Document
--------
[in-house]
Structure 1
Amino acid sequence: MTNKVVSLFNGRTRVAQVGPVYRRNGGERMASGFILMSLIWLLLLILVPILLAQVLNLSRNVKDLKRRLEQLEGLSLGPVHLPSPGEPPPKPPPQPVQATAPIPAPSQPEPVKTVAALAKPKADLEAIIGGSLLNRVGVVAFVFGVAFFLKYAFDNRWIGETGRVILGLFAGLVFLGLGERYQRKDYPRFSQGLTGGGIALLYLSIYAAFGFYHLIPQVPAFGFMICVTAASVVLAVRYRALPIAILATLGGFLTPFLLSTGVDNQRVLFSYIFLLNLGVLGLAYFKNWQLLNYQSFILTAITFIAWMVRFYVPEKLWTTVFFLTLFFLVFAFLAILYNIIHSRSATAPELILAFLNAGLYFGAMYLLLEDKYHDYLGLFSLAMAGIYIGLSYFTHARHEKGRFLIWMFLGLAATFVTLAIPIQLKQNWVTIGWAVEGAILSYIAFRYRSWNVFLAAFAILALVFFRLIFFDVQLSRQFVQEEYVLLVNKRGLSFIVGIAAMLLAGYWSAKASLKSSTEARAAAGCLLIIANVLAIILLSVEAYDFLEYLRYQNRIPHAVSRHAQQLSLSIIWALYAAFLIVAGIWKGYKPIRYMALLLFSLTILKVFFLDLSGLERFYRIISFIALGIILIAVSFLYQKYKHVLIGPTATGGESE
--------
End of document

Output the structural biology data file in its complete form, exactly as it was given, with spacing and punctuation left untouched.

[in-house]
Structure 1
Amino acid sequence: MTNKVVSLFNGRTRVAQVGPVYRRNGGERMASGFILMSLIWLLLLILVPILLAQVLNLSRNVKDLKRRLEQLEGLSLGPVHLPSPGEPPPKPPPQPVQATAPIPAPSQPEPVKTVAALAKPKADLEAIIGGSLLNRVGVVAFVFGVAFFLKYAFDNRWIGETGRVILGLFAGLVFLGLGERYQRKDYPRFSQGLTGGGIALLYLSIYAAFGFYHLIPQVPAFGFMICVTAASVVLAVRYRALPIAILATLGGFLTPFLLSTGVDNQRVLFSYIFLLNLGVLGLAYFKNWQLLNYQSFILTAITFIAWMVRFYVPEKLWTTVFFLTLFFLVFAFLAILYNIIHSRSATAPELILAFLNAGLYFGAMYLLLEDKYHDYLGLFSLAMAGIYIGLSYFTHARHEKGRFLIWMFLGLAATFVTLAIPIQLKQNWVTIGWAVEGAILSYIAFRYRSWNVFLAAFAILALVFFRLIFFDVQLSRQFVQEEYVLLVNKRGLSFIVGIAAMLLAGYWSAKASLKSSTEARAAAGCLLIIANVLAIILLSVEAYDFLEYLRYQNRIPHAVSRHAQQLSLSIIWALYAAFLIVAGIWKGYKPIRYMALLLFSLTILKVFFLDLSGLERFYRIISFIALGIILIAVSFLYQKYKHVLIGPTATGGESE